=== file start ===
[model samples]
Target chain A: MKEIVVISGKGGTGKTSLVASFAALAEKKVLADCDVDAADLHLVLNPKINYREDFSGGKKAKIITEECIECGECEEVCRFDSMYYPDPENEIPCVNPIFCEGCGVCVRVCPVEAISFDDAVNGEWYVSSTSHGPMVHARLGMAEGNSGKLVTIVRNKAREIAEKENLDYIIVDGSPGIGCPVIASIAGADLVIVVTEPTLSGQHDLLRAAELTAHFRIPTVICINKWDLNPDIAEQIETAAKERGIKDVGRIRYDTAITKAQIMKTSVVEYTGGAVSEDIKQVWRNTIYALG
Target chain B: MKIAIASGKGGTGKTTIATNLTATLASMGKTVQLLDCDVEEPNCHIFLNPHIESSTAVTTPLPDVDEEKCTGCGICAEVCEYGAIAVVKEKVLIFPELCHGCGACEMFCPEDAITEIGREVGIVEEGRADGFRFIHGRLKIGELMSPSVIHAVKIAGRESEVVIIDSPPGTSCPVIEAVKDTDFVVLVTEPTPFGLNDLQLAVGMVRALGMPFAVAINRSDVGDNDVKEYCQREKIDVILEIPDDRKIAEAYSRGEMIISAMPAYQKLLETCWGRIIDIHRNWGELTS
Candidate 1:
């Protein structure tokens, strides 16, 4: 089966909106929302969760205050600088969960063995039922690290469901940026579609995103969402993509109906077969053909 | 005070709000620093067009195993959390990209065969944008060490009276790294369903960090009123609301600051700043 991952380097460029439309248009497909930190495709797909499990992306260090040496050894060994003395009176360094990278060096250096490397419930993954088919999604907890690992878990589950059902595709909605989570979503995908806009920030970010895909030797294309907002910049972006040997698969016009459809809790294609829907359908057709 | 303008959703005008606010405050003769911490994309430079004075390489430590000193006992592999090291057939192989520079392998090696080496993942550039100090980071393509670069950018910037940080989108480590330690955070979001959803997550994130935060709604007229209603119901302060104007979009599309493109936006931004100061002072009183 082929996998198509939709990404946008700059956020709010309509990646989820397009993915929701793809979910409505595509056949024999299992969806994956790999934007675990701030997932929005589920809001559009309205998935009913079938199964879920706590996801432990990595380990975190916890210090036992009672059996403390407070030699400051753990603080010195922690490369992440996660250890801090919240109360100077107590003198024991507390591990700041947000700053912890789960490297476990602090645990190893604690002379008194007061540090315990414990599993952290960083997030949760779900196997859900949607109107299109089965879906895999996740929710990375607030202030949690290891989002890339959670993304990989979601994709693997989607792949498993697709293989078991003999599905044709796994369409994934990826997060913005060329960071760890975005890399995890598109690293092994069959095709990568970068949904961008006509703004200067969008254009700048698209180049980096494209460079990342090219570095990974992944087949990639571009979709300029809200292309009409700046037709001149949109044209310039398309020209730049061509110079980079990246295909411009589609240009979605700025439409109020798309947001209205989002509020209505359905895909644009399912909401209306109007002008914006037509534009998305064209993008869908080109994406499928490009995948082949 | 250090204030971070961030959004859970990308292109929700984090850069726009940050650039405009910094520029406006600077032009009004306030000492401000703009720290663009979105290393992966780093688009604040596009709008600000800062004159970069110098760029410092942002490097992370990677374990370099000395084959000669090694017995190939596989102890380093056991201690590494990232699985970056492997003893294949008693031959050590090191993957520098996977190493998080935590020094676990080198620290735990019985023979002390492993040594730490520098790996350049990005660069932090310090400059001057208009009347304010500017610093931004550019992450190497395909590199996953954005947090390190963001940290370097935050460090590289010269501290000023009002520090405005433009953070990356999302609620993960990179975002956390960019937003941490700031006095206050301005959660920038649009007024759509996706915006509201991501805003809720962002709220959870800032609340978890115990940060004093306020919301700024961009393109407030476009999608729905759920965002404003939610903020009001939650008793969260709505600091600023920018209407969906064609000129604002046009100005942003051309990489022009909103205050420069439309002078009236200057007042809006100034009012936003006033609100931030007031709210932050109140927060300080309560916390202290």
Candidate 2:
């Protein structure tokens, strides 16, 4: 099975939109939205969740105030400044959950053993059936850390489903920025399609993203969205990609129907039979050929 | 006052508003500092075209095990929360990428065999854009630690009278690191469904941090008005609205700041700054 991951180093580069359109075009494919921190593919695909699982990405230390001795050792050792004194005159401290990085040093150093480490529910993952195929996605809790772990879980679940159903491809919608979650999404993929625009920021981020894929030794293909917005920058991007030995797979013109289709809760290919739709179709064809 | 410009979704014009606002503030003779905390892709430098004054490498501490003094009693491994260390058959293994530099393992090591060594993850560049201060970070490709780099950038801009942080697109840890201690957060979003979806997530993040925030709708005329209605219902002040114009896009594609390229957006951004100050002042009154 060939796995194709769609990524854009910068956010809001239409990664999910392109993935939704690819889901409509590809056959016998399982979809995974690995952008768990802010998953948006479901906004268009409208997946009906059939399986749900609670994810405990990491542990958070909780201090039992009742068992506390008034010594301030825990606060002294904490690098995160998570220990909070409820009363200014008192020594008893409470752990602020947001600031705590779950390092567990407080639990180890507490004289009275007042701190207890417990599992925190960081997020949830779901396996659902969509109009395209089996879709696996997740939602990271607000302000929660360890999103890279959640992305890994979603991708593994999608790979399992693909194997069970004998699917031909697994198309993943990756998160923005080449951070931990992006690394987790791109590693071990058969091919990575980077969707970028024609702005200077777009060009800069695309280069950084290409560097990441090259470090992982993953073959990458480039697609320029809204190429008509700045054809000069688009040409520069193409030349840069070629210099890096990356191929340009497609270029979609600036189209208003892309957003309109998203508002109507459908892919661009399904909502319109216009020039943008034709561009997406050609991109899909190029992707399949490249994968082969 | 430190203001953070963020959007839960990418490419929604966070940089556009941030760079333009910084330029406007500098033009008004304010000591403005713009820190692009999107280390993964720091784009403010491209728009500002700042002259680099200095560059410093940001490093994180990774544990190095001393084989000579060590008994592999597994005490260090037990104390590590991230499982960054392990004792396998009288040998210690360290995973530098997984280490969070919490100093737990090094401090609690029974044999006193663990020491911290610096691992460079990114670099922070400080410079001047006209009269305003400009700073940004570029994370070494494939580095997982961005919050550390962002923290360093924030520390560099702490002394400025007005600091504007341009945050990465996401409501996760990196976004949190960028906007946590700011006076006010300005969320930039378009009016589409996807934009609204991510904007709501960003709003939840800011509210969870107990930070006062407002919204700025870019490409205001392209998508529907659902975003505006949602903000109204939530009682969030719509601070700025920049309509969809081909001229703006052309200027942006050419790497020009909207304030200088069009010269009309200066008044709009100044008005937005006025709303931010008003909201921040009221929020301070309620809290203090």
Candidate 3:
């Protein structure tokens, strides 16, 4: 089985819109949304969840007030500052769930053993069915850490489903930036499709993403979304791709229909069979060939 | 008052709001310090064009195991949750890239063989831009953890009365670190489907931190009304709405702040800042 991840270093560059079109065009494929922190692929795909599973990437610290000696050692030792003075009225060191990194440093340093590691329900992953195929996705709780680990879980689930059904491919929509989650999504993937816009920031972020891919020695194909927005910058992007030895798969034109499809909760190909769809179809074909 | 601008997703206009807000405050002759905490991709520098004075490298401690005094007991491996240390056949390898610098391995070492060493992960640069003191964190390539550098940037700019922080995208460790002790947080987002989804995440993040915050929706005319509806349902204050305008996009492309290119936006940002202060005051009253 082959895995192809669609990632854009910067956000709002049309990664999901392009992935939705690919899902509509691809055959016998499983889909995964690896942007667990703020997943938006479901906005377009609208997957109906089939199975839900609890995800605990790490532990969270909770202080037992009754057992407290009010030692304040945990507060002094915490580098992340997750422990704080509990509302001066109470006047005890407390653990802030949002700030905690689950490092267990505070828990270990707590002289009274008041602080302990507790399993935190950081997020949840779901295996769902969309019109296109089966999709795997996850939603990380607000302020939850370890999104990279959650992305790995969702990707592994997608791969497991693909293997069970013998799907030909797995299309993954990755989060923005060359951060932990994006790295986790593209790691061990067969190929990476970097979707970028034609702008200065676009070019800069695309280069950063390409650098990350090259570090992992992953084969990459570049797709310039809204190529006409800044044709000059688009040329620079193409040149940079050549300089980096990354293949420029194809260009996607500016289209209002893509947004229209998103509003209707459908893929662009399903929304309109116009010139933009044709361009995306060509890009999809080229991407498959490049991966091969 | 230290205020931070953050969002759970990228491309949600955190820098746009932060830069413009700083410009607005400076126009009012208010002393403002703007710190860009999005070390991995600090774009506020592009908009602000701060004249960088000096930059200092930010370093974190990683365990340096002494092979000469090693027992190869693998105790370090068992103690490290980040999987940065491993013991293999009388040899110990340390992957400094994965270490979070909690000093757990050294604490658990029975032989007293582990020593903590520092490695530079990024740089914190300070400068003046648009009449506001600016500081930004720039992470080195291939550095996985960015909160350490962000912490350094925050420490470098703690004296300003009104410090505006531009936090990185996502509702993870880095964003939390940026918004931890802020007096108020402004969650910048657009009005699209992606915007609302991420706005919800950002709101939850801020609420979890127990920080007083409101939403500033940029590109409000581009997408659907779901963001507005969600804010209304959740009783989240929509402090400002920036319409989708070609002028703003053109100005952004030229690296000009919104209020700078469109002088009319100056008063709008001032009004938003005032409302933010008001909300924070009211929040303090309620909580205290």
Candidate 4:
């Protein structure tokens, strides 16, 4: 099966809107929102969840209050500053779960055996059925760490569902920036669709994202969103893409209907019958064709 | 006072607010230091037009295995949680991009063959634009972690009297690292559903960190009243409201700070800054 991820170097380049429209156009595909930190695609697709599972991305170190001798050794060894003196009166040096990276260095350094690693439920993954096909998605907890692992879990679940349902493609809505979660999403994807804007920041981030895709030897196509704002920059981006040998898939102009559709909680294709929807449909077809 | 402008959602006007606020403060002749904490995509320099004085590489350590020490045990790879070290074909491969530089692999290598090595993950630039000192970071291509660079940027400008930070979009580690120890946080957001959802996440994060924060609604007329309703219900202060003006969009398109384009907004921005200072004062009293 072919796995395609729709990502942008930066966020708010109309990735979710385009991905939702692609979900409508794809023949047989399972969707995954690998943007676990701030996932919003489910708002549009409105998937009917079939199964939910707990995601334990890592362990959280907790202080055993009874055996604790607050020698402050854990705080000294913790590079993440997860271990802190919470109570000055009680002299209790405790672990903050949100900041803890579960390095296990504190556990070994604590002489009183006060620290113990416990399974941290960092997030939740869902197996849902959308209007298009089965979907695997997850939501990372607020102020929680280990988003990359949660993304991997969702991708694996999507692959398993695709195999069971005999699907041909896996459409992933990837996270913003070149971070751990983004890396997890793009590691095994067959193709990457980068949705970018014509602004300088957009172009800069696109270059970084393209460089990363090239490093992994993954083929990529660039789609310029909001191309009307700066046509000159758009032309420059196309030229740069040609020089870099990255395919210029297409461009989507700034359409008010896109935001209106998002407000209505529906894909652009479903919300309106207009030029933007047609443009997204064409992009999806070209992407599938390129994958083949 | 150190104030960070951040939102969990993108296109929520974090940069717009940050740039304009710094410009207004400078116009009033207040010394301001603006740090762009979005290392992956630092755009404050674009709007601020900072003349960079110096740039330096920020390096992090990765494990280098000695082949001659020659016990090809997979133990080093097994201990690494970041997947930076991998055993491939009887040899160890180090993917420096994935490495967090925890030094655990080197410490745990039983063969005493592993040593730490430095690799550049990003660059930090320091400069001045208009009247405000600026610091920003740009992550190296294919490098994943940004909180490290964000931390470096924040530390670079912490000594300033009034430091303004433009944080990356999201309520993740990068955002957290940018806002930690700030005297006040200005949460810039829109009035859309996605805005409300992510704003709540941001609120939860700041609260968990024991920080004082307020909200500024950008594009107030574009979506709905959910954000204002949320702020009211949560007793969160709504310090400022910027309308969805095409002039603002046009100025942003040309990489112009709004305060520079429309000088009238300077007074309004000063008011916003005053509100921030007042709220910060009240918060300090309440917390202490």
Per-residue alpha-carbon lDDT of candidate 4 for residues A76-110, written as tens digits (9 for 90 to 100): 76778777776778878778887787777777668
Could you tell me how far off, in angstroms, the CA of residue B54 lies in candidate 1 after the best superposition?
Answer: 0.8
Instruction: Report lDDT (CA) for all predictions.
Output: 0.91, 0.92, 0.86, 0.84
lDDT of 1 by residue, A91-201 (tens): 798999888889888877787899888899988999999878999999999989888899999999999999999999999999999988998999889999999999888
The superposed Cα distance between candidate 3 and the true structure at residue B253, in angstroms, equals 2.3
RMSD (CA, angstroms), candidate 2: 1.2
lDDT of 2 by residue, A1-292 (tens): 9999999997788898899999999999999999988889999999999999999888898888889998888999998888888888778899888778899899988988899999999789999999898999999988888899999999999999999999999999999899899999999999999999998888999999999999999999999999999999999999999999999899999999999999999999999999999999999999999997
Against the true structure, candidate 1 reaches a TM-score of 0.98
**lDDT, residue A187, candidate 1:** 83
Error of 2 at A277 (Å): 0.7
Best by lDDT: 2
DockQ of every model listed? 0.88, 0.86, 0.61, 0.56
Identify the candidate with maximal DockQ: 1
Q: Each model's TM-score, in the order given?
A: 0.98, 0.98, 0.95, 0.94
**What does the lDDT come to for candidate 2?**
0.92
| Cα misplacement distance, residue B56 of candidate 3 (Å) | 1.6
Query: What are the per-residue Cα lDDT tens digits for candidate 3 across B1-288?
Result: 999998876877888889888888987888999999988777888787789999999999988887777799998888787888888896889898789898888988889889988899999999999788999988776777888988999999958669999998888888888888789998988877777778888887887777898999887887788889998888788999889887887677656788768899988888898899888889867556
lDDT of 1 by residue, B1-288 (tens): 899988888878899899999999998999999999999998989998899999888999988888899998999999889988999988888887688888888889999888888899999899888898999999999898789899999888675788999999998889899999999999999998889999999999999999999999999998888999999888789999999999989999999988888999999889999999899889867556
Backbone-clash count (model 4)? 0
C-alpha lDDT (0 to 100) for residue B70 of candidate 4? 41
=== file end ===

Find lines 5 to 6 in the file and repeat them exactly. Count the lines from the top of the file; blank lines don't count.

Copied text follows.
């Protein structure tokens, strides 16, 4: 089966909106929302969760205050600088969960063995039922690290469901940026579609995103969402993509109906077969053909 | 005070709000620093067009195993959390990209065969944008060490009276790294369903960090009123609301600051700043 991952380097460029439309248009497909930190495709797909499990992306260090040496050894060994003395009176360094990278060096250096490397419930993954088919999604907890690992878990589950059902595709909605989570979503995908806009920030970010895909030797294309907002910049972006040997698969016009459809809790294609829907359908057709 | 303008959703005008606010405050003769911490994309430079004075390489430590000193006992592999090291057939192989520079392998090696080496993942550039100090980071393509670069950018910037940080989108480590330690955070979001959803997550994130935060709604007229209603119901302060104007979009599309493109936006931004100061002072009183 082929996998198509939709990404946008700059956020709010309509990646989820397009993915929701793809979910409505595509056949024999299992969806994956790999934007675990701030997932929005589920809001559009309205998935009913079938199964879920706590996801432990990595380990975190916890210090036992009672059996403390407070030699400051753990603080010195922690490369992440996660250890801090919240109360100077107590003198024991507390591990700041947000700053912890789960490297476990602090645990190893604690002379008194007061540090315990414990599993952290960083997030949760779900196997859900949607109107299109089965879906895999996740929710990375607030202030949690290891989002890339959670993304990989979601994709693997989607792949498993697709293989078991003999599905044709796994369409994934990826997060913005060329960071760890975005890399995890598109690293092994069959095709990568970068949904961008006509703004200067969008254009700048698209180049980096494209460079990342090219570095990974992944087949990639571009979709300029809200292309009409700046037709001149949109044209310039398309020209730049061509110079980079990246295909411009589609240009979605700025439409109020798309947001209205989002509020209505359905895909644009399912909401209306109007002008914006037509534009998305064209993008869908080109994406499928490009995948082949 | 250090204030971070961030959004859970990308292109929700984090850069726009940050650039405009910094520029406006600077032009009004306030000492401000703009720290663009979105290393992966780093688009604040596009709008600000800062004159970069110098760029410092942002490097992370990677374990370099000395084959000669090694017995190939596989102890380093056991201690590494990232699985970056492997003893294949008693031959050590090191993957520098996977190493998080935590020094676990080198620290735990019985023979002390492993040594730490520098790996350049990005660069932090310090400059001057208009009347304010500017610093931004550019992450190497395909590199996953954005947090390190963001940290370097935050460090590289010269501290000023009002520090405005433009953070990356999302609620993960990179975002956390960019937003941490700031006095206050301005959660920038649009007024759509996706915006509201991501805003809720962002709220959870800032609340978890115990940060004093306020919301700024961009393109407030476009999608729905759920965002404003939610903020009001939650008793969260709505600091600023920018209407969906064609000129604002046009100005942003051309990489022009909103205050420069439309002078009236200057007042809006100034009012936003006033609100931030007031709210932050109140927060300080309560916390202290």
Candidate 2: